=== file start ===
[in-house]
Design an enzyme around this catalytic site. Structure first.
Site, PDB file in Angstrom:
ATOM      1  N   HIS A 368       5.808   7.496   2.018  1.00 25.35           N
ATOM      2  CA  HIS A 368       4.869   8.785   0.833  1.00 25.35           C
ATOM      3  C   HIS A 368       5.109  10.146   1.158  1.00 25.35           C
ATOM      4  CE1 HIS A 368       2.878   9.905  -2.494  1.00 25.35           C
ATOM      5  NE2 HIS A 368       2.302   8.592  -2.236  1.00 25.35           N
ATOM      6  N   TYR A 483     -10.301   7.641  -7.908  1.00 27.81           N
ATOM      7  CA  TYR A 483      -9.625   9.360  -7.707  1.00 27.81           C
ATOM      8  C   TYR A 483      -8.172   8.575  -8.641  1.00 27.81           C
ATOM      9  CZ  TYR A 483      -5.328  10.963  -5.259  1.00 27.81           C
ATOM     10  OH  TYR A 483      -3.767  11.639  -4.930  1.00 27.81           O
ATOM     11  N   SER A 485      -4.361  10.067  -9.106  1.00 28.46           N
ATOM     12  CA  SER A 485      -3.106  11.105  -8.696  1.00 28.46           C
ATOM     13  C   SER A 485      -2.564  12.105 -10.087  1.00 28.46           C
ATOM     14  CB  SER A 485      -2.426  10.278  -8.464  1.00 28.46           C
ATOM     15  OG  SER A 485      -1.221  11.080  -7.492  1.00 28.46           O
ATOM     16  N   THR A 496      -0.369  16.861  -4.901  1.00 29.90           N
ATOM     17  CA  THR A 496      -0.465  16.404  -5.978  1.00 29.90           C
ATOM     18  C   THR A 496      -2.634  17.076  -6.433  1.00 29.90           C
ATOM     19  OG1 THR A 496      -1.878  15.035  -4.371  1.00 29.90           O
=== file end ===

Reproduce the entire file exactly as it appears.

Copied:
[in-house]
Design an enzyme around this catalytic site. Structure first.
Site, PDB file in Angstrom:
ATOM      1  N   HIS A 368       5.808   7.496   2.018  1.00 25.35           N
ATOM      2  CA  HIS A 368       4.869   8.785   0.833  1.00 25.35           C
ATOM      3  C   HIS A 368       5.109  10.146   1.158  1.00 25.35           C
ATOM      4  CE1 HIS A 368       2.878   9.905  -2.494  1.00 25.35           C
ATOM      5  NE2 HIS A 368       2.302   8.592  -2.236  1.00 25.35           N
ATOM      6  N   TYR A 483     -10.301   7.641  -7.908  1.00 27.81           N
ATOM      7  CA  TYR A 483      -9.625   9.360  -7.707  1.00 27.81           C
ATOM      8  C   TYR A 483      -8.172   8.575  -8.641  1.00 27.81           C
ATOM      9  CZ  TYR A 483      -5.328  10.963  -5.259  1.00 27.81           C
ATOM     10  OH  TYR A 483      -3.767  11.639  -4.930  1.00 27.81           O
ATOM     11  N   SER A 485      -4.361  10.067  -9.106  1.00 28.46           N
ATOM     12  CA  SER A 485      -3.106  11.105  -8.696  1.00 28.46           C
ATOM     13  C   SER A 485      -2.564  12.105 -10.087  1.00 28.46           C
ATOM     14  CB  SER A 485      -2.426  10.278  -8.464  1.00 28.46           C
ATOM     15  OG  SER A 485      -1.221  11.080  -7.492  1.00 28.46           O
ATOM     16  N   THR A 496      -0.369  16.861  -4.901  1.00 29.90           N
ATOM     17  CA  THR A 496      -0.465  16.404  -5.978  1.00 29.90           C
ATOM     18  C   THR A 496      -2.634  17.076  -6.433  1.00 29.90           C
ATOM     19  OG1 THR A 496      -1.878  15.035  -4.371  1.00 29.90           O